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Hydrology and Earth System Sciences An interactive open-access journal of the European Geosciences Union
https://doi.org/10.5194/hess-2018-160
© Author(s) 2018. This work is distributed under
the Creative Commons Attribution 4.0 License.
Research article
04 Apr 2018
Review status
This discussion paper is a preprint. It is a manuscript under review for the journal Hydrology and Earth System Sciences (HESS).
Modelling the water balance of Lake Victoria (East Africa), part 2: future projections
Inne Vanderkelen1, Nicole P. M. van Lipzig2, and Wim Thiery1,3 1Department of Hydrology and Hydraulic Engineering, Vrije Universiteit Brussel, Brussels, Belgium
2Department of Earth and Environmental Sciences, KU Leuven, Leuven, Belgium
3Institute for Atmospheric and Climate Science, ETH Zurich, Zurich, Switzerland
Abstract. Lake Victoria, the second largest freshwater lake in the world, is one of the major sources of the Nile River. The outlet to the Nile is controlled by two hydropower dams of which the allowed discharge is dictated by the Agreed Curve, an equation relating outflow to lake level. Some regional climate models project a decrease of precipitation and an increase of evaporation over Lake Victoria, with potential important implications for its water balance and resulting level. Yet, nothing is known about the potential consequences of climate change for the water balance of Lake Victoria. In this second part of a two-paper series, we feed a new water balance model for Lake Victoria presented in the first part with climate simulations available through the Coordinated Regional Climate Downscaling Experiment (CORDEX) Africa framework. Our results reveal that most regional climate models are not capable of giving a realistic representation of the water balance of Lake Victoria. Therefore we applied two bias correction methods, resulting in both cases in a closed water balance. Our results reveal that for two emission scenarios (RCP4.5 and 8.5), the decrease in precipitation over the lake and an increase in evaporation are compensated by an increase in basin precipitation leading to more inflow. The future lake level projections show that the outflow scenario and not the emission scenario is the main controlling factor of the future water level evolution. Moreover, inter-model uncertainties are larger than emission scenario uncertainties. The comparison of four different outflow scenarios for the future uncovers that the only sustainable outflow scenario is regulating outflow following the Agreed Curve. The associated outflow encompasses however large uncertainties ranging up to 177 %, which are important to take into account regarding future hydropower generation and water availability downstream.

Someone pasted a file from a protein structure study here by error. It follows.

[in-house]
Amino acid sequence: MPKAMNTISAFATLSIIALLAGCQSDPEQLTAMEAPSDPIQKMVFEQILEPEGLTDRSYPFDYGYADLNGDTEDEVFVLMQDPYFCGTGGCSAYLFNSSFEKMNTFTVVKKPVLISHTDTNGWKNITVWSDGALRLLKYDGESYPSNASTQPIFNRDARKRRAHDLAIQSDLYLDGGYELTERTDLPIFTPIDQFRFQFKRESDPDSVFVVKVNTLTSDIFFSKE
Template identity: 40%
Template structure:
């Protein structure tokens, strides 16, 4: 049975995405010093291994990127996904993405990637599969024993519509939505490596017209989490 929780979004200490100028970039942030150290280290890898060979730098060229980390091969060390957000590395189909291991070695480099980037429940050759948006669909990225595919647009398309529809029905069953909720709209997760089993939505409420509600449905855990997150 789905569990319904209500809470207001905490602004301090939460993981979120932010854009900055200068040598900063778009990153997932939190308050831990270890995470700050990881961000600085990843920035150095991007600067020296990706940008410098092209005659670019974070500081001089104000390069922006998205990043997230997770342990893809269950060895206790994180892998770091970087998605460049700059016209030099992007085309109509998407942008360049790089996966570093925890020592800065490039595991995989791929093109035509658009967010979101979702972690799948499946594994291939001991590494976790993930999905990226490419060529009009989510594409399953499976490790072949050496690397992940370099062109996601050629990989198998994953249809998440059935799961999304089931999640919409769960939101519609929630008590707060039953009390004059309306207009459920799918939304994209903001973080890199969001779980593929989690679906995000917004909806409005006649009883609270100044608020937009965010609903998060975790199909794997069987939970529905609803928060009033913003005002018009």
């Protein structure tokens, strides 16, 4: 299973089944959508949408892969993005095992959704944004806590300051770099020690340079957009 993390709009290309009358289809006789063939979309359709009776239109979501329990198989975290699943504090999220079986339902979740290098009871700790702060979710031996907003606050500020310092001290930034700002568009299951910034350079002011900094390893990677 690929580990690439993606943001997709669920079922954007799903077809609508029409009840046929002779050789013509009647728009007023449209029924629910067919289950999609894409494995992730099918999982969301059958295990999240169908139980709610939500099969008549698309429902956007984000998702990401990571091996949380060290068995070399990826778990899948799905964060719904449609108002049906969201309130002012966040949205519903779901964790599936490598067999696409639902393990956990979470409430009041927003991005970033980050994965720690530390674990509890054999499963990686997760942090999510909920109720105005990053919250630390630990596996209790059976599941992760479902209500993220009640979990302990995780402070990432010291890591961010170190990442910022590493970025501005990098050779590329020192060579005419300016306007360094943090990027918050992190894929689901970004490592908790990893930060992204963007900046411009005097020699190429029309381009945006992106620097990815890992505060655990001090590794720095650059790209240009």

Citation: Vanderkelen, I., van Lipzig, N. P. M., and Thiery, W.: Modelling the water balance of Lake Victoria (East Africa), part 2: future projections, Hydrol. Earth Syst. Sci. Discuss., https://doi.org/10.5194/hess-2018-160, in review, 2018.
Inne Vanderkelen et al.
Inne Vanderkelen et al.
Inne Vanderkelen et al.

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Short summary
Lake Victoria is the second largest freshwater lake in the world and one of the major sources of the Nile River, which is controlled by two hydropower dams. In this paper we estimate the potential consequences of climate change for future water level fluctuations of Lake Victoria. Our results reveal that the operating strategies at the dam are the main controlling factors of future lake levels and that regional climate simulations used in the projections encompass large uncertainties.
Lake Victoria is the second largest freshwater lake in the world and one of the major sources of...
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